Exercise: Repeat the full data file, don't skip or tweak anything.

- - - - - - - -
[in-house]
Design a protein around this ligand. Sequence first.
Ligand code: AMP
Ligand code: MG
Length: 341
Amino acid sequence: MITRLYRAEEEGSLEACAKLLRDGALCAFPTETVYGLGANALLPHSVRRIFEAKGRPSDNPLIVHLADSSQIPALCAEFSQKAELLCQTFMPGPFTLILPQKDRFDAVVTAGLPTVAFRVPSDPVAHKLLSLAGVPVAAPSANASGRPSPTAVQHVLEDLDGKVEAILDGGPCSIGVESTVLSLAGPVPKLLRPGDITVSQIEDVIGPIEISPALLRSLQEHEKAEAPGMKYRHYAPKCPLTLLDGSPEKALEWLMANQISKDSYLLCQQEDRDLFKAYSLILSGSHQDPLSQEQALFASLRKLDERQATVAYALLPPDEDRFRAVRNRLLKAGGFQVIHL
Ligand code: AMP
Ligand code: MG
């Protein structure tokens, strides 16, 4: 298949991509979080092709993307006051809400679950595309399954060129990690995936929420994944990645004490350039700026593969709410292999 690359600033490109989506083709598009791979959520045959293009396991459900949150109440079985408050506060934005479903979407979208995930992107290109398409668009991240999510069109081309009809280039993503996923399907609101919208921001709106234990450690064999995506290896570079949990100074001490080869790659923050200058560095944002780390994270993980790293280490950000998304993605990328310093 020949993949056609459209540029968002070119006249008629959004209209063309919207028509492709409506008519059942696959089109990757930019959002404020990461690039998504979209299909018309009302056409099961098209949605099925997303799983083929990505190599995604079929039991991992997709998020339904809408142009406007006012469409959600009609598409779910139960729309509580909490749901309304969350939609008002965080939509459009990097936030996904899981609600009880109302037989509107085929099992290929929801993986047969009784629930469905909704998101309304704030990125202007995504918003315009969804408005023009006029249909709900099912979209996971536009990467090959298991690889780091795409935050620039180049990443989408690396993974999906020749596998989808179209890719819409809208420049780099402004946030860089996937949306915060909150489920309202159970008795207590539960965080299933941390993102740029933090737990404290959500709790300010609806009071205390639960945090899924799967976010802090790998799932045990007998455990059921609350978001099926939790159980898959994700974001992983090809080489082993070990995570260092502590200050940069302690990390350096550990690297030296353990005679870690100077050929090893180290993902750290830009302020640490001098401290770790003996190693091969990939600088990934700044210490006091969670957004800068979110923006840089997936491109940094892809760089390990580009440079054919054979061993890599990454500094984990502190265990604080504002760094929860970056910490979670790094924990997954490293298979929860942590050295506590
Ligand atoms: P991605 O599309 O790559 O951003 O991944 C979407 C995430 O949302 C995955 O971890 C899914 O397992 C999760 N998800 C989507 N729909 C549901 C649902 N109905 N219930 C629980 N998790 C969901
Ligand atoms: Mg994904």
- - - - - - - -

[in-house]
Design a protein around this ligand. Sequence first.
Ligand code: AMP
Ligand code: MG
Length: 341
Amino acid sequence: MITRLYRAEEEGSLEACAKLLRDGALCAFPTETVYGLGANALLPHSVRRIFEAKGRPSDNPLIVHLADSSQIPALCAEFSQKAELLCQTFMPGPFTLILPQKDRFDAVVTAGLPTVAFRVPSDPVAHKLLSLAGVPVAAPSANASGRPSPTAVQHVLEDLDGKVEAILDGGPCSIGVESTVLSLAGPVPKLLRPGDITVSQIEDVIGPIEISPALLRSLQEHEKAEAPGMKYRHYAPKCPLTLLDGSPEKALEWLMANQISKDSYLLCQQEDRDLFKAYSLILSGSHQDPLSQEQALFASLRKLDERQATVAYALLPPDEDRFRAVRNRLLKAGGFQVIHL
Ligand code: AMP
Ligand code: MG
């Protein structure tokens, strides 16, 4: 298949991509979080092709993307006051809400679950595309399954060129990690995936929420994944990645004490350039700026593969709410292999 690359600033490109989506083709598009791979959520045959293009396991459900949150109440079985408050506060934005479903979407979208995930992107290109398409668009991240999510069109081309009809280039993503996923399907609101919208921001709106234990450690064999995506290896570079949990100074001490080869790659923050200058560095944002780390994270993980790293280490950000998304993605990328310093 020949993949056609459209540029968002070119006249008629959004209209063309919207028509492709409506008519059942696959089109990757930019959002404020990461690039998504979209299909018309009302056409099961098209949605099925997303799983083929990505190599995604079929039991991992997709998020339904809408142009406007006012469409959600009609598409779910139960729309509580909490749901309304969350939609008002965080939509459009990097936030996904899981609600009880109302037989509107085929099992290929929801993986047969009784629930469905909704998101309304704030990125202007995504918003315009969804408005023009006029249909709900099912979209996971536009990467090959298991690889780091795409935050620039180049990443989408690396993974999906020749596998989808179209890719819409809208420049780099402004946030860089996937949306915060909150489920309202159970008795207590539960965080299933941390993102740029933090737990404290959500709790300010609806009071205390639960945090899924799967976010802090790998799932045990007998455990059921609350978001099926939790159980898959994700974001992983090809080489082993070990995570260092502590200050940069302690990390350096550990690297030296353990005679870690100077050929090893180290993902750290830009302020640490001098401290770790003996190693091969990939600088990934700044210490006091969670957004800068979110923006840089997936491109940094892809760089390990580009440079054919054979061993890599990454500094984990502190265990604080504002760094929860970056910490979670790094924990997954490293298979929860942590050295506590
Ligand atoms: P991605 O599309 O790559 O951003 O991944 C979407 C995430 O949302 C995955 O971890 C899914 O397992 C999760 N998800 C989507 N729909 C549901 C649902 N109905 N219930 C629980 N998790 C969901
Ligand atoms: Mg994904």